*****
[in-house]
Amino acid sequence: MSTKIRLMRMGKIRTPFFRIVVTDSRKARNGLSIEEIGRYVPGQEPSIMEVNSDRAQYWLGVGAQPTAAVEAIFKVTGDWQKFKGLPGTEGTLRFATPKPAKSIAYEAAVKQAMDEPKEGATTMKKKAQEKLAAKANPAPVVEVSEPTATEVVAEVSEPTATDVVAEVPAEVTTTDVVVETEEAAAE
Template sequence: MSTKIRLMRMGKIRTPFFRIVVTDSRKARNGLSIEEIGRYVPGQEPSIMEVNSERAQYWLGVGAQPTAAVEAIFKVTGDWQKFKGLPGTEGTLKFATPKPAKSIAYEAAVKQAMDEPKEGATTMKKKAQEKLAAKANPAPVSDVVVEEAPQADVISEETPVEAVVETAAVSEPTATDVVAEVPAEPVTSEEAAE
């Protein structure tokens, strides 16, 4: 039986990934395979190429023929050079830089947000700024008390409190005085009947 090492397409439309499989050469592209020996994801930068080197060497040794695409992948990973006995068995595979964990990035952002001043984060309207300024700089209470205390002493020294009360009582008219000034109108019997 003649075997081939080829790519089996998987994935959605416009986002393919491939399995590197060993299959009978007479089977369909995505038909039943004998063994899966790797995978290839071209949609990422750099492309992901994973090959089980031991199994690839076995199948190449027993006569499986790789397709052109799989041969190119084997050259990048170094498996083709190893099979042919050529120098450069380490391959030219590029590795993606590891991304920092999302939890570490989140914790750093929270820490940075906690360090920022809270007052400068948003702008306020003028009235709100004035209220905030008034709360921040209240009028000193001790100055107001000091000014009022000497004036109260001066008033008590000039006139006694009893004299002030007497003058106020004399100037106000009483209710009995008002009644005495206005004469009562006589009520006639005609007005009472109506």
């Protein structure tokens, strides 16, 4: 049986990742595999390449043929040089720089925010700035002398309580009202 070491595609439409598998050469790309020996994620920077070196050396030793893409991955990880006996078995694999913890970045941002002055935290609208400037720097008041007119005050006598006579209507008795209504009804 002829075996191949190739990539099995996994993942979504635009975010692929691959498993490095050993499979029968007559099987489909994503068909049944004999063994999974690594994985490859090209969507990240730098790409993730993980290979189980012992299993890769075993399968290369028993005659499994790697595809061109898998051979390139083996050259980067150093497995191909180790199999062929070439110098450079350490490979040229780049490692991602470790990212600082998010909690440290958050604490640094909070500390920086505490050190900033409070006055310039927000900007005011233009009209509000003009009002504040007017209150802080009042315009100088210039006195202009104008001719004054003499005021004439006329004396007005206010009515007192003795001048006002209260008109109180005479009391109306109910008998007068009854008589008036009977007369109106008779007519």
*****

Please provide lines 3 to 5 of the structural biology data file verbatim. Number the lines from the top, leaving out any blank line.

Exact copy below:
Template sequence: MSTKIRLMRMGKIRTPFFRIVVTDSRKARNGLSIEEIGRYVPGQEPSIMEVNSERAQYWLGVGAQPTAAVEAIFKVTGDWQKFKGLPGTEGTLKFATPKPAKSIAYEAAVKQAMDEPKEGATTMKKKAQEKLAAKANPAPVSDVVVEEAPQADVISEETPVEAVVETAAVSEPTATDVVAEVPAEPVTSEEAAE
């Protein structure tokens, strides 16, 4: 039986990934395979190429023929050079830089947000700024008390409190005085009947 090492397409439309499989050469592209020996994801930068080197060497040794695409992948990973006995068995595979964990990035952002001043984060309207300024700089209470205390002493020294009360009582008219000034109108019997 003649075997081939080829790519089996998987994935959605416009986002393919491939399995590197060993299959009978007479089977369909995505038909039943004998063994899966790797995978290839071209949609990422750099492309992901994973090959089980031991199994690839076995199948190449027993006569499986790789397709052109799989041969190119084997050259990048170094498996083709190893099979042919050529120098450069380490391959030219590029590795993606590891991304920092999302939890570490989140914790750093929270820490940075906690360090920022809270007052400068948003702008306020003028009235709100004035209220905030008034709360921040209240009028000193001790100055107001000091000014009022000497004036109260001066008033008590000039006139006694009893004299002030007497003058106020004399100037106000009483209710009995008002009644005495206005004469009562006589009520006639005609007005009472109506």
């Protein structure tokens, strides 16, 4: 049986990742595999390449043929040089720089925010700035002398309580009202 070491595609439409598998050469790309020996994620920077070196050396030793893409991955990880006996078995694999913890970045941002002055935290609208400037720097008041007119005050006598006579209507008795209504009804 002829075996191949190739990539099995996994993942979504635009975010692929691959498993490095050993499979029968007559099987489909994503068909049944004999063994999974690594994985490859090209969507990240730098790409993730993980290979189980012992299993890769075993399968290369028993005659499994790697595809061109898998051979390139083996050259980067150093497995191909180790199999062929070439110098450079350490490979040229780049490692991602470790990212600082998010909690440290958050604490640094909070500390920086505490050190900033409070006055310039927000900007005011233009009209509000003009009002504040007017209150802080009042315009100088210039006195202009104008001719004054003499005021004439006329004396007005206010009515007192003795001048006002209260008109109180005479009391109306109910008998007068009854008589008036009977007369109106008779007519």